Antoine Le Grand 

Œil pour oeil 

Œil pour oeil

About the artist

He doesn’t shoot “stars” but filmmakers, actors and actresses, musicians, architects and artists whose work he enjoys. The yearning for encounters is what drives him to take on commission work. You name it: he has photographed virtually every major figure in our monumental contemporary arts world, from Alain Bashung to Al Pacino, from Charlotte Rampling to Christopher Walken. In his compositions – compositions they are, even though most are shot in confined rococo hotel rooms with two lurking press officers –Antoine Le Grand likes to encourage the intrusion of mirrors or smoke to dramatize the scene. With this, the photographer reveals a more personal composition, where as in his portraits, he has chosen to play with shadows, lights and mirrors.

Interview

Before we discuss this image, let’s briefly discuss your portrait work. How did it all start?
I started working for magazines and dailies like Libération and Le Monde. Things then kind of snowballed: one commission led to another, without me really needing to try to get work.
And then the music industry took an interest in my work and I started to do album covers. It was the heyday of Actuel and Radio Nova, there was a good “team” involved in these creative media. It was also at a time when rap music was on the rise, all of that was kicking off. I lived in the Bastille district of Paris, not far from where Actuel was: it was almost like living in an anthill. It was a really exciting moment in time.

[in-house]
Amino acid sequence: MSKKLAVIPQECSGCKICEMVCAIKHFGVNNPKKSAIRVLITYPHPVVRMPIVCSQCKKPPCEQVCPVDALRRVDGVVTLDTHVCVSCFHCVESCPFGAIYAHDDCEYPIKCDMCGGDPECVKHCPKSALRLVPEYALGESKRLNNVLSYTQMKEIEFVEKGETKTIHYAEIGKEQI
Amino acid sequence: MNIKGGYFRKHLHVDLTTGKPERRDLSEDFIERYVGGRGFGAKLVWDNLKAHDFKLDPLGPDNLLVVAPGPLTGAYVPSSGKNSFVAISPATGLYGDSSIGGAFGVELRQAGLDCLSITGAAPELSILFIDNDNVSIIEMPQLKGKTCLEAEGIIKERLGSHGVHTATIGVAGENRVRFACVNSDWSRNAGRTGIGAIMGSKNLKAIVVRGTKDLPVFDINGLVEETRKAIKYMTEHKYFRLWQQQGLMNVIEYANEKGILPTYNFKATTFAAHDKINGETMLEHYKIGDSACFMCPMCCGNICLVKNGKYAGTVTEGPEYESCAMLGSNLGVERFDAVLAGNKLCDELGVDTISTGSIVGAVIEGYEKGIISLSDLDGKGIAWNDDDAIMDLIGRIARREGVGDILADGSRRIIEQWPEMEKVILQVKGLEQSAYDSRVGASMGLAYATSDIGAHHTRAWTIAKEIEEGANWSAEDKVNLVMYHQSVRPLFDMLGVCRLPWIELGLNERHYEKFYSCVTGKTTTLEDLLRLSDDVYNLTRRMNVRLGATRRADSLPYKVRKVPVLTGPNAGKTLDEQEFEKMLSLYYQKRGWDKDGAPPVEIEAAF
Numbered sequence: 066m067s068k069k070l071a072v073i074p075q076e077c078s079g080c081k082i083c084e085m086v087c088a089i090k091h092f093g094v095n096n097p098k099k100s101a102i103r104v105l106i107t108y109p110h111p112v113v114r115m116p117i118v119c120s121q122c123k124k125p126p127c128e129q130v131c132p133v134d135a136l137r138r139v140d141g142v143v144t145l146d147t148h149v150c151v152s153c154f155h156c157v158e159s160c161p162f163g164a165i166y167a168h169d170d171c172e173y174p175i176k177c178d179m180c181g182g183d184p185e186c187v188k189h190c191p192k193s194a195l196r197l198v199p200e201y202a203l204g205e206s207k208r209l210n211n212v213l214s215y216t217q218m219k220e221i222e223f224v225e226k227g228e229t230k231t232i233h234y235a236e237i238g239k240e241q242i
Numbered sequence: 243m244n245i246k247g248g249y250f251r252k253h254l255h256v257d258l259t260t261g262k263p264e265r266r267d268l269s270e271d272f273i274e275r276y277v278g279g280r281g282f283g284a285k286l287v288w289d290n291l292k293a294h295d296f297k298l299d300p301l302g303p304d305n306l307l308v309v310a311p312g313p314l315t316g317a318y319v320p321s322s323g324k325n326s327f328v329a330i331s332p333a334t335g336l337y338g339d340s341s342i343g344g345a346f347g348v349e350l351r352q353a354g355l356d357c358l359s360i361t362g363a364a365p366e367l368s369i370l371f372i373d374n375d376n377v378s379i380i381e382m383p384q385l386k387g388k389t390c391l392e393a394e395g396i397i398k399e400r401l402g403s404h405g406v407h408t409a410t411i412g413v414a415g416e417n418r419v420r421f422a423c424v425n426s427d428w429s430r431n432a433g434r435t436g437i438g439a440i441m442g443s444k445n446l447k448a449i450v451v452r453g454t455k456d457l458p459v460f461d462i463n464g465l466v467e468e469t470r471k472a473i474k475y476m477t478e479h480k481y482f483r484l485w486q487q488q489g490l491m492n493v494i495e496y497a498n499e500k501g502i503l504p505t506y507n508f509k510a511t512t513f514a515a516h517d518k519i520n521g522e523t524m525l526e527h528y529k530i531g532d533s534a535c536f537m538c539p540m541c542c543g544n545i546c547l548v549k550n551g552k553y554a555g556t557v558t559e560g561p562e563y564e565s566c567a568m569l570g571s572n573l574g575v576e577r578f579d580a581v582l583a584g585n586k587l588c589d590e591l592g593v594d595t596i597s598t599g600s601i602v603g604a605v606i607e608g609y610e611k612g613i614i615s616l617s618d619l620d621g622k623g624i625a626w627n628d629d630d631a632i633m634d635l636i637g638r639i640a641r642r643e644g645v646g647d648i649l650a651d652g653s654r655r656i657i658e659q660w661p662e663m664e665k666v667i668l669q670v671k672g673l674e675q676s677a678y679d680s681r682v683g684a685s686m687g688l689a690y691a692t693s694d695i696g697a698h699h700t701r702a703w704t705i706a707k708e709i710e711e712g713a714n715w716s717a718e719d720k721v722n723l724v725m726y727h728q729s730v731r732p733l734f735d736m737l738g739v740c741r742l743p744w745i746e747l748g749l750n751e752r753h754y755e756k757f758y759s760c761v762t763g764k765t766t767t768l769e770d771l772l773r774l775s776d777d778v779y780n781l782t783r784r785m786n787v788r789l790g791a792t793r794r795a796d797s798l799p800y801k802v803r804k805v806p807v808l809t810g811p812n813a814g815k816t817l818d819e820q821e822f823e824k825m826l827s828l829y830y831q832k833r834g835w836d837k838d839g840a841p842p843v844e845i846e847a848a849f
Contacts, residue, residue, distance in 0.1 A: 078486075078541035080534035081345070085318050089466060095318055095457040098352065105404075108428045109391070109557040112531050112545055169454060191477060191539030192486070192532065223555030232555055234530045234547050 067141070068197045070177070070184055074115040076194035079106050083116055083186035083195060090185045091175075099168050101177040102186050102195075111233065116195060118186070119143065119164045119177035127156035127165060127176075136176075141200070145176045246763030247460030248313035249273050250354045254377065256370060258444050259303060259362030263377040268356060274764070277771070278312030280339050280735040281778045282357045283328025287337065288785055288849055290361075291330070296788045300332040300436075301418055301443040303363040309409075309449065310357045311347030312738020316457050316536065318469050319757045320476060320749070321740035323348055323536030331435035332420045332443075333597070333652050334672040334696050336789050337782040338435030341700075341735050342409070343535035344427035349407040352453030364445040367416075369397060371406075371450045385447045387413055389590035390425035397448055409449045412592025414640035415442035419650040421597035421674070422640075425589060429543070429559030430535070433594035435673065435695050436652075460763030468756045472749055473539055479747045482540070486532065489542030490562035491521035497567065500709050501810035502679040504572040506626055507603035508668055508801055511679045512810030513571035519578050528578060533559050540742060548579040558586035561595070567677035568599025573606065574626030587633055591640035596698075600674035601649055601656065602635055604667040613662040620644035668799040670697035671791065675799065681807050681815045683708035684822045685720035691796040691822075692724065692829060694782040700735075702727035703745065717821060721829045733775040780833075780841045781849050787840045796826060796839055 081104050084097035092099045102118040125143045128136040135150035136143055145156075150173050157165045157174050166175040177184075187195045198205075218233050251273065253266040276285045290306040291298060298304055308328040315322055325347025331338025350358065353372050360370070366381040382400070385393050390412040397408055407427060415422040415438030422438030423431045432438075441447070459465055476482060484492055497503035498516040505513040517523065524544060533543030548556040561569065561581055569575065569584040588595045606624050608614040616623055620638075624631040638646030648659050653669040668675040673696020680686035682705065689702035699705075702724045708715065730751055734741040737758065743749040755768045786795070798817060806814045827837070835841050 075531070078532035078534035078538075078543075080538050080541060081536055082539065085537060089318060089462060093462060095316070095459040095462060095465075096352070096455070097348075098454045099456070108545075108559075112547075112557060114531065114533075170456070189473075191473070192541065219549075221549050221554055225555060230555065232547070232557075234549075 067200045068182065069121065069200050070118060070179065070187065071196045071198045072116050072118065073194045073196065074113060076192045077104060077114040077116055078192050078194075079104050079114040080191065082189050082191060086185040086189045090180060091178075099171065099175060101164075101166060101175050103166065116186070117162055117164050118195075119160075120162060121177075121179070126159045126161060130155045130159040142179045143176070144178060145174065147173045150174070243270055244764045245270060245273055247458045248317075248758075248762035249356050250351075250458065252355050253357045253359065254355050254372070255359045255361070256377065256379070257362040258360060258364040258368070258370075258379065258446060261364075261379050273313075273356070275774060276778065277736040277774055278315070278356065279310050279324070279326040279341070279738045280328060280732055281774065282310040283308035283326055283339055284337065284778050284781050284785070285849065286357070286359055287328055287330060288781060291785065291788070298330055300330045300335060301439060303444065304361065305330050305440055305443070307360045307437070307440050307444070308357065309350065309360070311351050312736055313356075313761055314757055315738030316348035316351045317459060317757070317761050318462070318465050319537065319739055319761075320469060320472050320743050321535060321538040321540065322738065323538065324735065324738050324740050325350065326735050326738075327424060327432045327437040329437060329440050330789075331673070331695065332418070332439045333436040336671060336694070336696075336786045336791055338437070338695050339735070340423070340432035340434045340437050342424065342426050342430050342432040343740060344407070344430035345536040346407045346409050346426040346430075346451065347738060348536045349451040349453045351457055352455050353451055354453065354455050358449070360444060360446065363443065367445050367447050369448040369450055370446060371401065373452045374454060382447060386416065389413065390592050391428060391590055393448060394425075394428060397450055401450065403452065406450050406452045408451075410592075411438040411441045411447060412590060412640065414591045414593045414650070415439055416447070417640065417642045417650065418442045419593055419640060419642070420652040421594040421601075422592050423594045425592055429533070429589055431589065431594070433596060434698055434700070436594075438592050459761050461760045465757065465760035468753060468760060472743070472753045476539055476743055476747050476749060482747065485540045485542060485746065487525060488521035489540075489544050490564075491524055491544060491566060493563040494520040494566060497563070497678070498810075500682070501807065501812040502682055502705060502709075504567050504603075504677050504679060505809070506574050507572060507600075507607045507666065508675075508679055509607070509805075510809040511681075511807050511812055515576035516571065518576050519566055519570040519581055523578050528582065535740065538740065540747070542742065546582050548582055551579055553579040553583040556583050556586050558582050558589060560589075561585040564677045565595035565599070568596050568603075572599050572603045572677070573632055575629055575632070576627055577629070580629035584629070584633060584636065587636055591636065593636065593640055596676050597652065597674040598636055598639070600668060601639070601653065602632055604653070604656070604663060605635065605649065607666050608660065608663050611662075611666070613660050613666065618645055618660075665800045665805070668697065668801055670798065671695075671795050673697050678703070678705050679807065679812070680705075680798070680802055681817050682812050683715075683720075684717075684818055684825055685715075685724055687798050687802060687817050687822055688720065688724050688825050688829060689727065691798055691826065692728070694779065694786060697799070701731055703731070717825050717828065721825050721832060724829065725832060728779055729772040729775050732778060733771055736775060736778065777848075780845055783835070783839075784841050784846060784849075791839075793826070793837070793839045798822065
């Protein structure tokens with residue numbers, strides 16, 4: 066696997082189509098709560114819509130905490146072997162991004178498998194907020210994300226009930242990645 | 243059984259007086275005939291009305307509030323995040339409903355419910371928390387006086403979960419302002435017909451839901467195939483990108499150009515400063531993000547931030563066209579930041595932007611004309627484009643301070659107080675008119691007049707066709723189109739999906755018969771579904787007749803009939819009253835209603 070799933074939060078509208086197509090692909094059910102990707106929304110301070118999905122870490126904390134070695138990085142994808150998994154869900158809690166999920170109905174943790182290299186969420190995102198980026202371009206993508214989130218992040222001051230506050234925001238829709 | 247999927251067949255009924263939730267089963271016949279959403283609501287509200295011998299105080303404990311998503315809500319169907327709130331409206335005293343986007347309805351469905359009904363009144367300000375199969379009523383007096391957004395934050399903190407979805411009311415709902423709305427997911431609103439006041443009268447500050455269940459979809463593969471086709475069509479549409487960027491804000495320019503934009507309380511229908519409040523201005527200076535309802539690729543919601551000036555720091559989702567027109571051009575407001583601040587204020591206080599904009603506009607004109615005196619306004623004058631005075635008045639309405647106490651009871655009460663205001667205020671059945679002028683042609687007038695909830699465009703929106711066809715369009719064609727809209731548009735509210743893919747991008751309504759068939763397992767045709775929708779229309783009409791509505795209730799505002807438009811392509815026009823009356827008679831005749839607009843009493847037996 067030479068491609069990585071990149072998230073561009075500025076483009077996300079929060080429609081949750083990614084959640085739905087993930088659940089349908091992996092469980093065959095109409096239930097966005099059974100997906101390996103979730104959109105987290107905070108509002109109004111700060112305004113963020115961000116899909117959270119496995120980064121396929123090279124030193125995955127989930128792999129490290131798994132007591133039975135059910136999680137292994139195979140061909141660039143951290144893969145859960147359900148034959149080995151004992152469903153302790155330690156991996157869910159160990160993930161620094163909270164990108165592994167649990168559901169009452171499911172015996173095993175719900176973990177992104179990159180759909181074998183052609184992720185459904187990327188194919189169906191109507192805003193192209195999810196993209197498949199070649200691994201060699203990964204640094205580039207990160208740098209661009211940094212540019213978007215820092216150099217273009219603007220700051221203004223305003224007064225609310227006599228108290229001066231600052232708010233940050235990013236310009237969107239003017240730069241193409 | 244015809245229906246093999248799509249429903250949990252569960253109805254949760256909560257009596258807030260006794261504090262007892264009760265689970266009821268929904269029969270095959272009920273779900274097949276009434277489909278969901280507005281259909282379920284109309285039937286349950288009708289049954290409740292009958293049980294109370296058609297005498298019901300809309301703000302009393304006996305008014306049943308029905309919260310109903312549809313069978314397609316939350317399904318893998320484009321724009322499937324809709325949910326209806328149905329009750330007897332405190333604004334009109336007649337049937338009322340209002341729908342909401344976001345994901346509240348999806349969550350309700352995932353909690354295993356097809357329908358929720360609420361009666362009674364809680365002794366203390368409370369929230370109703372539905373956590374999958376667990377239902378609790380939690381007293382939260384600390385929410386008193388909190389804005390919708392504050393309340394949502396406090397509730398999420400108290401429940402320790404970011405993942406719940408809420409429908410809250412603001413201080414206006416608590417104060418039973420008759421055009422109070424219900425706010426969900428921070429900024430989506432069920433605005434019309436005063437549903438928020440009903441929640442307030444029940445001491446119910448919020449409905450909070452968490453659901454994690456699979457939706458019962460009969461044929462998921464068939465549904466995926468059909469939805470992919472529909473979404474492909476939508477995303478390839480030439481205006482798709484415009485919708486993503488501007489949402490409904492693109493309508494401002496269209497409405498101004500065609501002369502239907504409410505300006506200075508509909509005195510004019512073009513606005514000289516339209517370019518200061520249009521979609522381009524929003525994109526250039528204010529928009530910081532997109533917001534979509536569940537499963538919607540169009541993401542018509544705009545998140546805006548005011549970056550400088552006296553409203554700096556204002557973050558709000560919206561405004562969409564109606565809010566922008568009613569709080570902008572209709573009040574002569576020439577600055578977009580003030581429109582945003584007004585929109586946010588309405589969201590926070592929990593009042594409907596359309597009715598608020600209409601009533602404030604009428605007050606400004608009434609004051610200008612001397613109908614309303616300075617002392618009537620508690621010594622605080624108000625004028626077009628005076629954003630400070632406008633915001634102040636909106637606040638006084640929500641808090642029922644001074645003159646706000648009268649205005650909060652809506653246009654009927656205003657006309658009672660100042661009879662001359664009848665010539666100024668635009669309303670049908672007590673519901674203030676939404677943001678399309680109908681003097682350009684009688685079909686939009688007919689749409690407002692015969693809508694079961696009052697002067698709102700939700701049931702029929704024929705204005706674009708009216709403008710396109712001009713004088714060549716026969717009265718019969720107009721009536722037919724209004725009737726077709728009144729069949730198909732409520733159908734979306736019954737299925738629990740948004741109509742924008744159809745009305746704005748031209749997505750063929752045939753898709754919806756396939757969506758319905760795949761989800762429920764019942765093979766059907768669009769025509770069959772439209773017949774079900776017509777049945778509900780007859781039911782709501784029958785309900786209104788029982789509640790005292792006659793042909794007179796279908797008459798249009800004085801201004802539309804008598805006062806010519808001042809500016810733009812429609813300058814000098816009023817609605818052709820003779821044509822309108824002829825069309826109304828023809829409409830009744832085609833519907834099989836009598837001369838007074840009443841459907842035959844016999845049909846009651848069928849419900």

How would you describe the creative freedom enjoyed by portrait photographers back then, when working on commissions?

Actors and singers weren’t “sponsored” at the time, so the pressure was nothing like what it is today. I recently did a photo shoot with a fairly well-known actor who was chaperoned by four press officers from a perfume brand - and none representing the film in which he featured. It’s a growing trend that can be pretty annoying, because oppressive marketing smothers artists and what they have to say.
I was fortunate enough to start working when what prevailed was the relationship of trust between the photographer – and whoever commissioned him, record label or magazine – and the artist. You were called upon for the quality of your work, your expertise, and whatever weird tricks you could pull out of your hat. The wilder you were, the more they’d want you.

There is theatricality in your images. How would you define your method?

Some elements I use repeatedly, such as mirrors, smoke or a play of shadows. They make up the contours or frame; and central to this, what makes the photograph fall into place or not is the music that settles in, the vibrations, the silences, the sheet music that the subject and I improvise together.

What about this Eye?
It’s an image I made for myself; it follows the same surrealist vein.
Some images have made a great impression on me, such as those in Buñuel’s Un Chien Andalou. I like to breathe strangeness into images, to produce strangeness, although I don’t nurture it for myself. 


Limited edition, numbered and signed. 

Selected shows and awards

Exhibition "Paris émoi", Les petits polas et Antoine Le Grand, La bellevilloise, Paris, january 2015

Selected publications

Featured links

Details

& order

Antoine Le Grand 
Œil pour oeil

1999

Technical information

Pigment print on Ilford Gold Fibre Silk Paper - limited edition, numbered and signed certificate.

Dimensions

33 x 50 cm , Edition of 50 200.00 €
 
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Shadowbox, black wooden, glassX





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